On the previous page I discussed how we can map out a theoretical OVV by calculating stepping in by an appropriate acuity, contrast and luminance reserves from the full VV.
My experience is that it doesn’t always work that way. In fact, it often doesn’t work that way.
Alice’s Actual OVV is Eroded by Patchy Macular Fields
Remember back to our earlier discussion on measuring VA. Unlike a patient whose vision is impaired by blur, pathological eyes often have a much wider range in which print is visible but still impaired, which is due to patchiness of the macular field. Let’s say this is how Alice read the VA chart.
Instead of the theoretical three line gap between threshold and comfortable fluency, Alice actually has a six line gap. How does this relate to Alice’s VV?
We can map out that VA reading along the size axis in the 3D space (here shown by the dotted blue line):
Visual acuity is measured along a straight line along the spatial frequency (print size) line. The actual VA is a threshold reading, so it indicates the edge of the VV (where the blue dotted line intersects with the orange VV). Because Alice’s gap between threshold VA and comfortable, easy VA is wider than normal, that means the amount of reserve needed for comfortable and easy reading will also be wider, so Alice’s OVV is actually a lot smaller than the theory would predict.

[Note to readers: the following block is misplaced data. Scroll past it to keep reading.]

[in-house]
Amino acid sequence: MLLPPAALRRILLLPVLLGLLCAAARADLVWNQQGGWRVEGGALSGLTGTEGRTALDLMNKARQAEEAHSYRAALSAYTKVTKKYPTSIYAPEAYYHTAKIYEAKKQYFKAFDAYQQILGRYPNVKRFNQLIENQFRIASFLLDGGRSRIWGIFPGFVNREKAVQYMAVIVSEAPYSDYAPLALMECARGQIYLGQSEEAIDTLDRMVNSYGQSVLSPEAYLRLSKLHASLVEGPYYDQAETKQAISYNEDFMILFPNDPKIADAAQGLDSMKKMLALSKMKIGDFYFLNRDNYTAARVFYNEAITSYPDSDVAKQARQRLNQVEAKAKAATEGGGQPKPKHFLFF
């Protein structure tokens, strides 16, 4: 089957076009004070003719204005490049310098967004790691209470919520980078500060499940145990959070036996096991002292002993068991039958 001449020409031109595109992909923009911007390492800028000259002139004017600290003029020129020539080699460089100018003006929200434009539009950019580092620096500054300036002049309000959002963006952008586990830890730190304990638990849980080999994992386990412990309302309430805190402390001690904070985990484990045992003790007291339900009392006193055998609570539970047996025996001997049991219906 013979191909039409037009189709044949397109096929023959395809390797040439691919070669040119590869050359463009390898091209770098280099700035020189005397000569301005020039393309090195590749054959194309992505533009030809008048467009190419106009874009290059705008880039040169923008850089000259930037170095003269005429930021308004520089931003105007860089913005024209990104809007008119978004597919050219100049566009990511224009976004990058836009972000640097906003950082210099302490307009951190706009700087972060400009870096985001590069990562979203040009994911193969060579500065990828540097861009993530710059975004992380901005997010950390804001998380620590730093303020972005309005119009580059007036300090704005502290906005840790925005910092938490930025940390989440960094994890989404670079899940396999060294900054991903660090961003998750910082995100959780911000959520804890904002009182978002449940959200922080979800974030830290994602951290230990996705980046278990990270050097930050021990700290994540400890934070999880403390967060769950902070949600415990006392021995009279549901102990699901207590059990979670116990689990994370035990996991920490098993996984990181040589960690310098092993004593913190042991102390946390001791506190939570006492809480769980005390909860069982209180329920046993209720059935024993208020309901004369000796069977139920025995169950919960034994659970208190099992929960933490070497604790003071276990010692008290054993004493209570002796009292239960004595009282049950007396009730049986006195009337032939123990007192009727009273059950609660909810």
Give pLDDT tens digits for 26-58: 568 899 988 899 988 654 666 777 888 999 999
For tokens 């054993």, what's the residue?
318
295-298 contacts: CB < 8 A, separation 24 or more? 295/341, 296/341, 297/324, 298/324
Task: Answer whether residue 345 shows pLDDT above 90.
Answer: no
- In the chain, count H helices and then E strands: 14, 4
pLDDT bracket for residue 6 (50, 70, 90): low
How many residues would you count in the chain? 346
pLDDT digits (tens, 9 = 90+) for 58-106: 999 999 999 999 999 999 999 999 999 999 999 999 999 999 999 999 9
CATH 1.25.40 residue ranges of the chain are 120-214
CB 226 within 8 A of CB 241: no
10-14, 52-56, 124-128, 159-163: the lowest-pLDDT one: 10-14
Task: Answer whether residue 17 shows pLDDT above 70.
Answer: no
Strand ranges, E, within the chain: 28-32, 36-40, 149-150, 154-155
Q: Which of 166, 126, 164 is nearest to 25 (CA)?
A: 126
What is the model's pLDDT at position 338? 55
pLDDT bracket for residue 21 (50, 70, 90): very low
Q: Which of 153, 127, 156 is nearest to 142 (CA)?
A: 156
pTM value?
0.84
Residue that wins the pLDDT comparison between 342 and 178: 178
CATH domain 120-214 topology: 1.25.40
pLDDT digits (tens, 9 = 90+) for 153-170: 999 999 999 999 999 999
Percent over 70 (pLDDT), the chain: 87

Bob’s OVV Has Been Eroded Away Completely
Let’s switch to considering Bob, with his more advanced AMD. Here’s his OVV using a theoretical standard reserve from his VV.
But if he has patchy macular fields, it might be eroded away to something like this:
Sadly, Bob has no detectable OVV. That is, given his combination of acuity loss, contrast impairment, luminance impairment and macular field loss, we can find no print of any size, brightness or contrast that he can read fluently.